Hi Kim ! How are you feeling today and why?

I feel excited and slow at the same time. Or maybe slow is the wrong word, more ‘at ease’ than slow. I needed to slow down in order to feel this ease now. After living the last 10 years in cities I moved back to the countryside, for now I’m hosted in the art residency Robida — this feels very exciting!

Where do you put a lot of time and energy in?

At the moment in listening and letting go. The arrival in this new surrounding asks me to listen, observe, un-learn and un-do. The most time I spend tuning in to the rhythm that is already present here, preparing food, washing dishes, reading (not only words), cleaning, sleeping, walking the woods, and reflect on it through writing, drawing, connecting threads and just be with what is.

What is the intention behind your artistic practices?

This question comes up almost everyday! The answers present themselves in different ways. I believe everyone has many things to share and I’m wondering how I can stand in my strength, heart-fully, softly, joyfully, honest, playful, healthy and encouraging. Many of the projects I am involved in intend to be embodied researches, visual or spoken conversations, ways of connecting and reminding each other to what is thriving, playfully alive and abundant.

How does your awareness for and relationship to the environment (human/non–human) influence your artistic practice?

It’s the breath of it, without this interrelatedness we would not be, or would die out even faster. This sounds a bit intense. But the metaphor with the breath is maybe accurate. I’m not always conscious of my breath, neither of the many-layered, complex relationships we are interwoven in, with our environment, but I see it as a big part of my artistic practice to remindmyself and others about it. :) sometimes through breathing…

My younger sister and I had the chance to spend many hours in the forest from a young age on. While our mother was working to sustain our family financially our father invited other kids to join us in the forest — these shared forest-days turned into ‘Dusse Verusse’, a ‘forest play group’ which are now widespread in Switzerland. The main subject in this way of ‘schooling’ is to observe, play, listen, communicate through body, signs and words — try and fail. Sometimes I feel I’m still in the forest kindergarden, learning from the alive network we live in, with others — always with others.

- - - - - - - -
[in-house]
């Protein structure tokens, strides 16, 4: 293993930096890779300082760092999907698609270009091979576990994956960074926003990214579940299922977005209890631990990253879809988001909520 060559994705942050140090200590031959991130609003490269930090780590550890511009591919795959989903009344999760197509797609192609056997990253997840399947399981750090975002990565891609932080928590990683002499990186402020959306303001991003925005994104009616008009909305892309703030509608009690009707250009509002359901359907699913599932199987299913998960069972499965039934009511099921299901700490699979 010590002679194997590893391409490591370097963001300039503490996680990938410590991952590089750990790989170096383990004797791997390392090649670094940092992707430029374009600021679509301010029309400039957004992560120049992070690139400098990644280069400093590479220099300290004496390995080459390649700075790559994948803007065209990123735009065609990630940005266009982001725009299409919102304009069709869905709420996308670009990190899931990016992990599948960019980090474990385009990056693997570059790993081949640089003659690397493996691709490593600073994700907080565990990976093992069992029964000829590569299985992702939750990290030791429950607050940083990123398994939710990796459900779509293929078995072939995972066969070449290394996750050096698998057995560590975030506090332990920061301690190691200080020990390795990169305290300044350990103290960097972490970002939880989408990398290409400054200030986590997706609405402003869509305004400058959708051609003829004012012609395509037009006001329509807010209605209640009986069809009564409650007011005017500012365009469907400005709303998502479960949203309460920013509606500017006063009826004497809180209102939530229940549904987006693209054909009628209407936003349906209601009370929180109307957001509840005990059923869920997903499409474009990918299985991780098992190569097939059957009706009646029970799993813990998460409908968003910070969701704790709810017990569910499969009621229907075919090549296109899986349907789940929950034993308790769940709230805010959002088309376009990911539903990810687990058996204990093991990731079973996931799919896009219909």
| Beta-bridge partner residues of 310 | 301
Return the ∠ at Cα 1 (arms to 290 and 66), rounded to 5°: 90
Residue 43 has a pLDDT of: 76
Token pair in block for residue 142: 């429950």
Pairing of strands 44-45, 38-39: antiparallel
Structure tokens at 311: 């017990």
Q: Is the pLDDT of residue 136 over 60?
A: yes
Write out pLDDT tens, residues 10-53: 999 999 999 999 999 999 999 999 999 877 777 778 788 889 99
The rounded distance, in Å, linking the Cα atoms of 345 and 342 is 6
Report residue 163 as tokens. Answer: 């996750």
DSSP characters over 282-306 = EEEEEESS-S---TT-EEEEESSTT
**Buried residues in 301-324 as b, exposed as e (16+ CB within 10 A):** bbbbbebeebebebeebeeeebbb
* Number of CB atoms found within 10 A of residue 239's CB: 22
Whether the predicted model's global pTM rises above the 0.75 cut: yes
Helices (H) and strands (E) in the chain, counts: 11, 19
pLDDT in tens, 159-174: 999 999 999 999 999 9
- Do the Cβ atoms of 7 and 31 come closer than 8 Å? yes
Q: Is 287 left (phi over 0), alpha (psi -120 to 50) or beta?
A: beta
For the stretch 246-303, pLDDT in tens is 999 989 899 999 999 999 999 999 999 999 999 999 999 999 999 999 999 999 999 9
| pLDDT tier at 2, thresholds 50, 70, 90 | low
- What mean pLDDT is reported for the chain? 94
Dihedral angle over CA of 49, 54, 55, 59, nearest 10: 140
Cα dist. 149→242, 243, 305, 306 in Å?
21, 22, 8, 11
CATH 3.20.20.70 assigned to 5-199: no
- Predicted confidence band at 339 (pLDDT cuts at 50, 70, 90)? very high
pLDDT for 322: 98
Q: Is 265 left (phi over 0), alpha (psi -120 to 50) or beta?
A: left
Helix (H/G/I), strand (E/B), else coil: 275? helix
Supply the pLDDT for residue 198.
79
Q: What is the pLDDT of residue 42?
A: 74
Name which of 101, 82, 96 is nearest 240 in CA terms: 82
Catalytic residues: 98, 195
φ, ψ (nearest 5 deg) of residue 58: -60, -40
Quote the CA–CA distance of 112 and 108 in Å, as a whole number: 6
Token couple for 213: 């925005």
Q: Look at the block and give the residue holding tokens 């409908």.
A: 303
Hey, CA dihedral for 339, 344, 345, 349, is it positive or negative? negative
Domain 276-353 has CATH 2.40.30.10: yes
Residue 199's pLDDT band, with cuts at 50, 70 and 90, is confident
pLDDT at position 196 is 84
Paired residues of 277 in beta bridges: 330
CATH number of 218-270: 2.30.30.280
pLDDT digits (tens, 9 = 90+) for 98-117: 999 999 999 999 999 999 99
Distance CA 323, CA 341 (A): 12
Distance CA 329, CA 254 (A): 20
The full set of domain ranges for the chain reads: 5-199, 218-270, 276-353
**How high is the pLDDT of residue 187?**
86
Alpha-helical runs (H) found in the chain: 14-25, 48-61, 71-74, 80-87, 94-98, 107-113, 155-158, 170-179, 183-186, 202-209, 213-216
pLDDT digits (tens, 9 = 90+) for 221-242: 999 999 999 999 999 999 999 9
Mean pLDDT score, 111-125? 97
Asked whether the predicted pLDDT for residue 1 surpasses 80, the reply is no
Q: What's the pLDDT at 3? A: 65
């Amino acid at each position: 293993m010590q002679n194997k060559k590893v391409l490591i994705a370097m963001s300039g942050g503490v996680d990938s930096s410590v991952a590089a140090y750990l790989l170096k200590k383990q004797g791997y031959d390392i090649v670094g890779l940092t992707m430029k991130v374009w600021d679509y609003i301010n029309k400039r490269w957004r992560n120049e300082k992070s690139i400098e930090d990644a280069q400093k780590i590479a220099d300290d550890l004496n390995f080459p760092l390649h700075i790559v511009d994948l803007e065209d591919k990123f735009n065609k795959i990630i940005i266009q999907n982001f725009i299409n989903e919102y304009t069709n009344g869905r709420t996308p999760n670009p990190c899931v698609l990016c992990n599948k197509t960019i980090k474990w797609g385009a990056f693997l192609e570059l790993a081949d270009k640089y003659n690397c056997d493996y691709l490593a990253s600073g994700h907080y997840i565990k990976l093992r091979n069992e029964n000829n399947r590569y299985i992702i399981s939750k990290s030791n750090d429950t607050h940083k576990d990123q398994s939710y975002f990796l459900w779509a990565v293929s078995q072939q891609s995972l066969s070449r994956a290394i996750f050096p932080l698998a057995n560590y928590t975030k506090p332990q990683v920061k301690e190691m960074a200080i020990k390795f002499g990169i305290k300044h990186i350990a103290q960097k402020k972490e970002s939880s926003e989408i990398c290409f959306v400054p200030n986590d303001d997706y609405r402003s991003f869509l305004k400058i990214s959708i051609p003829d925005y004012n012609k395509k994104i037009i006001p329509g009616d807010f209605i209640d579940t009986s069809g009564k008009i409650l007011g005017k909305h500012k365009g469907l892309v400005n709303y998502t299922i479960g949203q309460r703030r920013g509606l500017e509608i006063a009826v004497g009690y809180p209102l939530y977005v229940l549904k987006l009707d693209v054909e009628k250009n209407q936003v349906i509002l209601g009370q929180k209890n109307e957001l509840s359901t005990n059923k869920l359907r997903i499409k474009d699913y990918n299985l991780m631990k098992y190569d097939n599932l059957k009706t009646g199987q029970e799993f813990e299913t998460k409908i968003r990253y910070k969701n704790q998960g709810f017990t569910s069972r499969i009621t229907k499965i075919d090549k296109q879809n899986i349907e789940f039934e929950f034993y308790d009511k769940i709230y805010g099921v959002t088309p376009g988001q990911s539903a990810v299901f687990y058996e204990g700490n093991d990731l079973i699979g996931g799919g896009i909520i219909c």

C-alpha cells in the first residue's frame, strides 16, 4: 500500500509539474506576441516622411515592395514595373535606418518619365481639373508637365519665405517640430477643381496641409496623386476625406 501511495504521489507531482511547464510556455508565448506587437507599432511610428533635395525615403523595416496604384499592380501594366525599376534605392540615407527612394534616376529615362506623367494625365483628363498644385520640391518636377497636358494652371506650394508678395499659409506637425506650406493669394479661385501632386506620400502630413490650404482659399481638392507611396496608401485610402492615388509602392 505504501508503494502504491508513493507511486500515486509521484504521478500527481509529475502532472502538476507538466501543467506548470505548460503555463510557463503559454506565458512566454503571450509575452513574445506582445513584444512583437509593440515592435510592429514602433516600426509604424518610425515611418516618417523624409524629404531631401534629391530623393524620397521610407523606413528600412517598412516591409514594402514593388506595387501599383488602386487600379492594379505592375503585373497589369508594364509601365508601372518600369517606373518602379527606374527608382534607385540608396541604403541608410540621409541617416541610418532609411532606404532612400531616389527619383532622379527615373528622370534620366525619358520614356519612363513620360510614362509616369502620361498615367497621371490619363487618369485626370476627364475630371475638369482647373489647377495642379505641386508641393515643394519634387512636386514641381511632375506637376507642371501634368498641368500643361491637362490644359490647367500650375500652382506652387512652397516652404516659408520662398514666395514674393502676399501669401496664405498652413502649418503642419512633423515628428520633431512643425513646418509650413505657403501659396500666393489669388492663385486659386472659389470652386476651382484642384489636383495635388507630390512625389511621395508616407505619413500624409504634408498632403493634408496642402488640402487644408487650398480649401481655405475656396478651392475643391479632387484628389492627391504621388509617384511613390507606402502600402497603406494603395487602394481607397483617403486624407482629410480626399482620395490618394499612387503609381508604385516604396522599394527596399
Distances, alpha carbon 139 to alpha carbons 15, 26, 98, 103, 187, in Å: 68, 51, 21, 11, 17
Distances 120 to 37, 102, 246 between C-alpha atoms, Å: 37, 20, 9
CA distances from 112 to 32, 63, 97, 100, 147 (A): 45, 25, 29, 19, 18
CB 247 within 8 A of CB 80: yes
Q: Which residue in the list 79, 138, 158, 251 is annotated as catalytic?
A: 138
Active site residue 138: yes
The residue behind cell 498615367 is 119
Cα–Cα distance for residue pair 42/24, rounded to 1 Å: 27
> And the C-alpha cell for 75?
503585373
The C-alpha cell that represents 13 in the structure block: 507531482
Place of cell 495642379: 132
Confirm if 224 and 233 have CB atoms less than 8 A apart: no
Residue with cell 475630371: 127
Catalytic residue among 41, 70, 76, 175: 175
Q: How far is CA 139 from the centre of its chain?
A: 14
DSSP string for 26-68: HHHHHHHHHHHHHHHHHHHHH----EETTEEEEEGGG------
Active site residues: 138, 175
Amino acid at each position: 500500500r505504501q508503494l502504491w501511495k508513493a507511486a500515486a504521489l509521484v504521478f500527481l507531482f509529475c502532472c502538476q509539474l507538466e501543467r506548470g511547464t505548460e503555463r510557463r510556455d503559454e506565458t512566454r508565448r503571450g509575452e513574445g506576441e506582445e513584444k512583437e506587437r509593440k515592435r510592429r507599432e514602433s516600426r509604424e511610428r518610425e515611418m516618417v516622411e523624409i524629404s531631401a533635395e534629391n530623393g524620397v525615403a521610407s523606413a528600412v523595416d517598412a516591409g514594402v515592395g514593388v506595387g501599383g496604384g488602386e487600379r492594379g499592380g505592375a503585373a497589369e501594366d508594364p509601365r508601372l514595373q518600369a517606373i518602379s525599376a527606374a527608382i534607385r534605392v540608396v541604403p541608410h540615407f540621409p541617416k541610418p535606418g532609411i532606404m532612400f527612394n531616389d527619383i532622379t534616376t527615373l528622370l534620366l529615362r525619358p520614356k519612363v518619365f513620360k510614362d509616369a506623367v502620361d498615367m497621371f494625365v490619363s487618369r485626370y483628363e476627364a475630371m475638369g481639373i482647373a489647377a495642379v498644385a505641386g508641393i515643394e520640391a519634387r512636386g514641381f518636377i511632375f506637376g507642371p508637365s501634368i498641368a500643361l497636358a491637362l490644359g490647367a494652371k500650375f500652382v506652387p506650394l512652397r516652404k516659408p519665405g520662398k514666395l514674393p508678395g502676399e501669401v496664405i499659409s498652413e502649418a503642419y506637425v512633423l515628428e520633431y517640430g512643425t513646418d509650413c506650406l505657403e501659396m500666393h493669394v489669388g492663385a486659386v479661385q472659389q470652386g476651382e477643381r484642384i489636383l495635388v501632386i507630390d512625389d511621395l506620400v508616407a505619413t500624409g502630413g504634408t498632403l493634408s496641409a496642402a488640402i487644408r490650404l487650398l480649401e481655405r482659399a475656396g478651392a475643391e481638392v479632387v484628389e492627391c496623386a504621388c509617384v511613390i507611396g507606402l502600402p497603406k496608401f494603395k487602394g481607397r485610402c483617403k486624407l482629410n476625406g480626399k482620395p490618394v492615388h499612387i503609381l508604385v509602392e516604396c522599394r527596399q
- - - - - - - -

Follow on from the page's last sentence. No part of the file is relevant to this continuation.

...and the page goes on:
KIKU KIKU aims to rethink the ways of how energy can be exchanged. What other forms of exchange of energy than physical trades have you been exploring within your practice and in what other possible forms are you interested in for the future?

Facilitating space feels very good to me. Everyone carries so much along! Stories, dance-moves, recipes, questions, encouragement which naturally wants to be exchanged. To create situations where this exchange can happen interests me a lot. Something else that fascinates me is finding more ways of giving back to the network we mainly consume from. We are very used to buy products in shops and spend money for them, money for which we worked an amount of hours for. I hope we are able to outgrow this concept. I’m interested in more direct and local ways of closing the cycle in for example ‘a garden’. Is our time and care spent in the garden, enough to harvest the tomatoes, or are there other forms of sharing gratitude through rituals that smell like compost… I’m curious to explore.

KIKU means to listen in Japanese and we would like to invite a
playful approach and continuing research to anticipate each other's needs. What do you believe helps you to carefully listen and pay attention in your relationships?

Oh, such a beautiful question. KIKU KIKU could be the new playful codeword in conversations to remember each other to ‘really listen’. Listening to me, is an act of letting go myself. Listening turns into a practice of openness to what is being said in words or by other means, movement, temperature, speed, smell… To me it’s a state of perceiving through the senses, to what is taking place in the moment. During this practice ‘my story’ is passive, it serves as a container — and I become what surrounds me.

What are your hopes for your practice/project for the future?

That I’m able to live in a loving, healthy, joyful, honest and encouraging relationship with myself and my surrounding. It would be wonderful to through different means be part of helping us (+more than human) to thrive. *goosebumps*!

You will find the S/OIL Soap made by Kim Lang in our webshop. 

Photographs by Kim Lang

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